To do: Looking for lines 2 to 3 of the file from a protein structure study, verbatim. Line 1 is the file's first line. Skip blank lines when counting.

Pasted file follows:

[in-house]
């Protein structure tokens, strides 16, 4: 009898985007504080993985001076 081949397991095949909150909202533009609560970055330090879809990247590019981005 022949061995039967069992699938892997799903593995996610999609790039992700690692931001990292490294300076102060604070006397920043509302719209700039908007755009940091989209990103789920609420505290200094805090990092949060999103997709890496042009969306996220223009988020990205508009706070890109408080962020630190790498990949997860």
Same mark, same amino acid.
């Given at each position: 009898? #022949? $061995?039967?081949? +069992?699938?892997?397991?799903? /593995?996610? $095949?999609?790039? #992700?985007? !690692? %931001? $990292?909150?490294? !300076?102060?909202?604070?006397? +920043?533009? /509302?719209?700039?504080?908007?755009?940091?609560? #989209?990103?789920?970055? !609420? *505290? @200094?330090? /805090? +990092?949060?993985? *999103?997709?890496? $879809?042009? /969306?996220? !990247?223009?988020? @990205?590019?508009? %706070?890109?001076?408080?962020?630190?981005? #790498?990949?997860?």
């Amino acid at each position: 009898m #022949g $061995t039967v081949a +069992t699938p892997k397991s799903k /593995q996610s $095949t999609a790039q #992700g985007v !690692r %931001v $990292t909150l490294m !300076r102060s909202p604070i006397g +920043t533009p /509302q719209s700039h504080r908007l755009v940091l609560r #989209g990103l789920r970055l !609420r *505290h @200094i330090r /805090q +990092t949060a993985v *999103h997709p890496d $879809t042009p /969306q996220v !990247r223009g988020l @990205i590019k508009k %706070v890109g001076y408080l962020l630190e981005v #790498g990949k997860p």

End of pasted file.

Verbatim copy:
């Protein structure tokens, strides 16, 4: 009898985007504080993985001076 081949397991095949909150909202533009609560970055330090879809990247590019981005 022949061995039967069992699938892997799903593995996610999609790039992700690692931001990292490294300076102060604070006397920043509302719209700039908007755009940091989209990103789920609420505290200094805090990092949060999103997709890496042009969306996220223009988020990205508009706070890109408080962020630190790498990949997860």
Same mark, same amino acid.